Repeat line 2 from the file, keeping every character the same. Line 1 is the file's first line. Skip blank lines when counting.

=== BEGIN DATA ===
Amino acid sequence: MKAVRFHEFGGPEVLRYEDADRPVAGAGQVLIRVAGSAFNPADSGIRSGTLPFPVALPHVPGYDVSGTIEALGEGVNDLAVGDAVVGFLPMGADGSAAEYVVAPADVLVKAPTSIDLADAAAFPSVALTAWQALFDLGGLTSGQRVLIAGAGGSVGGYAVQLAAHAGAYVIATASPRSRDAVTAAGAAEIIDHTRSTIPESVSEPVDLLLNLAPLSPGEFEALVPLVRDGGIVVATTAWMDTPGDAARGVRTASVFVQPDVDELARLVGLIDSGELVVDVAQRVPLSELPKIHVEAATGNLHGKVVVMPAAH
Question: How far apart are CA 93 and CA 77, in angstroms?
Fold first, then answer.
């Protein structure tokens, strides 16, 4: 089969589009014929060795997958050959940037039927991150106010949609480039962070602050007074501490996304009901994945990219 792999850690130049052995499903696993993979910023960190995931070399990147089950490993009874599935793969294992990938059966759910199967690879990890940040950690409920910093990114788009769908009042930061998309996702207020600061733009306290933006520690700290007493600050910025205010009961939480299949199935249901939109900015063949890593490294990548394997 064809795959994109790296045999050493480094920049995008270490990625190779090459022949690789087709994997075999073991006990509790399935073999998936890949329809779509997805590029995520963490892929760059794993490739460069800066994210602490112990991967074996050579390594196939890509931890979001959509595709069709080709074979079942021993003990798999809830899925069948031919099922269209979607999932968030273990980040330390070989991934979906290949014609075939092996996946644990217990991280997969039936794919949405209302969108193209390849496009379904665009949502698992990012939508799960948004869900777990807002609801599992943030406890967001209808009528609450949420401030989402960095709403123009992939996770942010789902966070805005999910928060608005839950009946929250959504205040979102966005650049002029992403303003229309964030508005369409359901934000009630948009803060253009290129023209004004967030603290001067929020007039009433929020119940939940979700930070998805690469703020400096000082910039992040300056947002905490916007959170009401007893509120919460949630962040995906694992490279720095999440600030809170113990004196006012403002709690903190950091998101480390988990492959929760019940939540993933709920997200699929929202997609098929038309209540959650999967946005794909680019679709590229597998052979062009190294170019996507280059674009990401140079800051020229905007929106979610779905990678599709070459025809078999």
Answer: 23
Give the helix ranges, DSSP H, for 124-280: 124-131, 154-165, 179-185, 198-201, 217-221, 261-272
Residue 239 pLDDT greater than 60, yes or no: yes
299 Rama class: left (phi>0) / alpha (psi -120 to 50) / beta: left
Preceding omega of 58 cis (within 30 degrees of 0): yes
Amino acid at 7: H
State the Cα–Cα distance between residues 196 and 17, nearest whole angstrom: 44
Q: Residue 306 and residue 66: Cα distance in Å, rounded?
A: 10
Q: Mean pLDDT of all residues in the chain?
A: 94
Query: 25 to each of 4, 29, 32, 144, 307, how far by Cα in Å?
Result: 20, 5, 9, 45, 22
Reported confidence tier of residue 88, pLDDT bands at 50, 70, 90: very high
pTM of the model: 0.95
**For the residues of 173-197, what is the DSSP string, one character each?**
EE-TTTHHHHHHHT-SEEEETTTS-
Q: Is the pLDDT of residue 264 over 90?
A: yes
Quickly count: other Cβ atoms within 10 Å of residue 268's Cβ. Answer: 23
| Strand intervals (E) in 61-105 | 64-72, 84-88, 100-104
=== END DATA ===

Question: How far apart are CA 93 and CA 77, in angstroms?